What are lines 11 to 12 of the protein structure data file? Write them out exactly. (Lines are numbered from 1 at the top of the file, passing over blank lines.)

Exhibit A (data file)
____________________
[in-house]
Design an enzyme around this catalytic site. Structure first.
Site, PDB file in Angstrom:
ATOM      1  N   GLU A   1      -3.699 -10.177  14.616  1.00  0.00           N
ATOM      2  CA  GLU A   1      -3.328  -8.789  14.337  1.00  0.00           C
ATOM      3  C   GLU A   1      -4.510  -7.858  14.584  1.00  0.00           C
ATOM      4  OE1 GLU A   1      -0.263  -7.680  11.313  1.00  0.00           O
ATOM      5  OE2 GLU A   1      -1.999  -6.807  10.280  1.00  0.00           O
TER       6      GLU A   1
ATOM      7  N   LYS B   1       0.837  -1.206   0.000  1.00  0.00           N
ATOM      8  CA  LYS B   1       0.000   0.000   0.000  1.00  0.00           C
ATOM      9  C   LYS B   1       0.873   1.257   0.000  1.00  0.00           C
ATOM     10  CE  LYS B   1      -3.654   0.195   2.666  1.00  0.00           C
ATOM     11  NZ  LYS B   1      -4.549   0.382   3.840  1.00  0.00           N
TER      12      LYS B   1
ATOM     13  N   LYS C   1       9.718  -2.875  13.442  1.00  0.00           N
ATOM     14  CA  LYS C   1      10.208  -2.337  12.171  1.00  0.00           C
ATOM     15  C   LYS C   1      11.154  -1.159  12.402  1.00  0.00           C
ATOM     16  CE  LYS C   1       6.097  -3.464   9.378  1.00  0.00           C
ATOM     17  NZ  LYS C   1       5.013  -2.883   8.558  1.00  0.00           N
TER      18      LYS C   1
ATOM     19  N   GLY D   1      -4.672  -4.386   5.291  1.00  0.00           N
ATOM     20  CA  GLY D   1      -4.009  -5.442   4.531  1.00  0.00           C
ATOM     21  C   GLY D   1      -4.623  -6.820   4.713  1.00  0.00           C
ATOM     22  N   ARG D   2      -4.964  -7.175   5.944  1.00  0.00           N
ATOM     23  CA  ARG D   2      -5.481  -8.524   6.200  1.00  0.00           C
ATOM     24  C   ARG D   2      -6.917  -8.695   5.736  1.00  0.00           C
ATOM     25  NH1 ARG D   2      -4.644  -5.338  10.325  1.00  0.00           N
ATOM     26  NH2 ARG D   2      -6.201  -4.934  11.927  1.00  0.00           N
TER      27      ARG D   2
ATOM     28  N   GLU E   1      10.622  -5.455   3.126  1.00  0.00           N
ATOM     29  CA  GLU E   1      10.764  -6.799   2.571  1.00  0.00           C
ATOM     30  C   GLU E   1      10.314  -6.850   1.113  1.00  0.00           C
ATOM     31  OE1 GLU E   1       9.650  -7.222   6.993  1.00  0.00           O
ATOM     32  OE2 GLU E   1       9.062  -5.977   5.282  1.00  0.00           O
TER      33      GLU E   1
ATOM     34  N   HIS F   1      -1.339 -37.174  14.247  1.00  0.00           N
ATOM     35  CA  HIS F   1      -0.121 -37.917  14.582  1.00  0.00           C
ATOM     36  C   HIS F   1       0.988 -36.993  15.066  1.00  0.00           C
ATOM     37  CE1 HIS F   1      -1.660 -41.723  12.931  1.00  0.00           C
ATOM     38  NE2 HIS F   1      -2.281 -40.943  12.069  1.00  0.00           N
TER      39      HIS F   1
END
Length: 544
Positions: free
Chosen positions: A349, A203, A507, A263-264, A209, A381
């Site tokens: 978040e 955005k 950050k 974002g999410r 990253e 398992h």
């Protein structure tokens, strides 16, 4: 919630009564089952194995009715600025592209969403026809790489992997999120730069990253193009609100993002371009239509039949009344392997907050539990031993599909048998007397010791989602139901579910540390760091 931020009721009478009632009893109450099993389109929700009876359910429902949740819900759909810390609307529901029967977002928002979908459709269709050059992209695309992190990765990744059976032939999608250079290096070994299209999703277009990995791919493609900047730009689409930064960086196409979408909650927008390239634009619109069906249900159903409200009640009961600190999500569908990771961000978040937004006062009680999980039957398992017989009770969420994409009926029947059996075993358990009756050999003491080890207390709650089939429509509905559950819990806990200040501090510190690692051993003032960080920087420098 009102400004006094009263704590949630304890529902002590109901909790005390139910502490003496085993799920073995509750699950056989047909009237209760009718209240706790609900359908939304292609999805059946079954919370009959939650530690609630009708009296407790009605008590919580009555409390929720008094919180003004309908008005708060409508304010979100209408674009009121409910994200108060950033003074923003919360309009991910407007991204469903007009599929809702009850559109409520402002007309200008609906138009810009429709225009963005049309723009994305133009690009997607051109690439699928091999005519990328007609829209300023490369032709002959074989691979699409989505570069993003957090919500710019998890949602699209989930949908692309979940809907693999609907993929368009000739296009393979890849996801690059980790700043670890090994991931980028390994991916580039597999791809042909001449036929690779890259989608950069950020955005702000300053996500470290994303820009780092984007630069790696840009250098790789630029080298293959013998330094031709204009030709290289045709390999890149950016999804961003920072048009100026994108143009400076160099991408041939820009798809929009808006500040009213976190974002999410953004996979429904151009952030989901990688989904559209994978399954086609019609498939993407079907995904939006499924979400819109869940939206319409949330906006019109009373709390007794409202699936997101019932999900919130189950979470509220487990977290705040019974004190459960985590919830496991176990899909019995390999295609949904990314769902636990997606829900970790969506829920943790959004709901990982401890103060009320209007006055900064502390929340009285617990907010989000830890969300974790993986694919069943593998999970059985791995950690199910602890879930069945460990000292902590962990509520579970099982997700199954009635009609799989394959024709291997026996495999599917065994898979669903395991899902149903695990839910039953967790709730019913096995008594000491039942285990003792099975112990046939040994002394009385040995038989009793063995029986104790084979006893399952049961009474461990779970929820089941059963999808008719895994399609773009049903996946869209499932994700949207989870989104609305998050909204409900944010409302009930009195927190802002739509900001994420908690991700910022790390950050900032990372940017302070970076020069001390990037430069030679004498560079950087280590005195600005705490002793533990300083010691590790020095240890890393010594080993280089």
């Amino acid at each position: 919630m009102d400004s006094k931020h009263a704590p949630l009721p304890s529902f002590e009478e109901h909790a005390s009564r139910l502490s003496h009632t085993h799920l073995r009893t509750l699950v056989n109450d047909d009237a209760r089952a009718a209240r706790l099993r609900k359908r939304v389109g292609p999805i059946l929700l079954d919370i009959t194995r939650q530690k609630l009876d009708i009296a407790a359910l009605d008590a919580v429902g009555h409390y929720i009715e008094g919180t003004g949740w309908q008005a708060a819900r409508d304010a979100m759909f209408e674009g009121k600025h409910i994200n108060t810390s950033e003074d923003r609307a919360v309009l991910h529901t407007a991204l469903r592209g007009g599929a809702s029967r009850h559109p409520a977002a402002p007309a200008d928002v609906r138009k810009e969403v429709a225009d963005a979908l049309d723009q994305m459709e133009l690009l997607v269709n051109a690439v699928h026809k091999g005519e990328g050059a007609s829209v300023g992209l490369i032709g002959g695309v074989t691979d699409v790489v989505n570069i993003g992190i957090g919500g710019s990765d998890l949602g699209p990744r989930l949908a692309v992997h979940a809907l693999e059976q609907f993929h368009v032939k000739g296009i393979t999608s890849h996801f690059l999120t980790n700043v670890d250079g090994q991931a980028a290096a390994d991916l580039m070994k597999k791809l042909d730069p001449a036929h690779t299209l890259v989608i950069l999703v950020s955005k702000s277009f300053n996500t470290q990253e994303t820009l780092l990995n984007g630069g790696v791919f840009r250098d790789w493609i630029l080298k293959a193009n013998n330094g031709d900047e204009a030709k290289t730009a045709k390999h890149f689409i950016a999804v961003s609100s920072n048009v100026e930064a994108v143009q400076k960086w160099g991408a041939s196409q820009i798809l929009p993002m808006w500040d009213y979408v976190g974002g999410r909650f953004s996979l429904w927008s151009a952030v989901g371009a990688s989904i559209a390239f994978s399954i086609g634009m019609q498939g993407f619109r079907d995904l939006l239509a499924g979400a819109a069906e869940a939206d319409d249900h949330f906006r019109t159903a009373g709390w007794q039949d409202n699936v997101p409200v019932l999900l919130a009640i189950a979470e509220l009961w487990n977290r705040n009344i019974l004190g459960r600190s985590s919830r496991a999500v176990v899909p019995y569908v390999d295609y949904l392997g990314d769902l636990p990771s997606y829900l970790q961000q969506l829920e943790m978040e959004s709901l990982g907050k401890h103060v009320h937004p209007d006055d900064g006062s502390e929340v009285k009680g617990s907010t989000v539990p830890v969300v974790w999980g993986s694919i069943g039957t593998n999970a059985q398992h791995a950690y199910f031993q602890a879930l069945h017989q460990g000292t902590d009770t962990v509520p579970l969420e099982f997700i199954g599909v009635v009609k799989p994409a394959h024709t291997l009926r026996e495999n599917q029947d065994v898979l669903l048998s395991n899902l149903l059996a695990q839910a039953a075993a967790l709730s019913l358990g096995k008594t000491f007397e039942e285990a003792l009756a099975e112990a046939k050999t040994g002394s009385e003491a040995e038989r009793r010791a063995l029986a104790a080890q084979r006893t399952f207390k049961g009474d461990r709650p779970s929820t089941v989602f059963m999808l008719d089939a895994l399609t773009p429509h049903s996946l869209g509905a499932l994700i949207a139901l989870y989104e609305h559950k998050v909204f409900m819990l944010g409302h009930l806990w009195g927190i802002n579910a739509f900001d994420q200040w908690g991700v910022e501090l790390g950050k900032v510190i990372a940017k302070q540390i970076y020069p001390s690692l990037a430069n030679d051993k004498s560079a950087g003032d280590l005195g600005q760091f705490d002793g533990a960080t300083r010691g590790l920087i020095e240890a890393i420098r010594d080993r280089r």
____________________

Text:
ATOM      8  CA  LYS B   1       0.000   0.000   0.000  1.00  0.00           C
ATOM      9  C   LYS B   1       0.873   1.257   0.000  1.00  0.00           C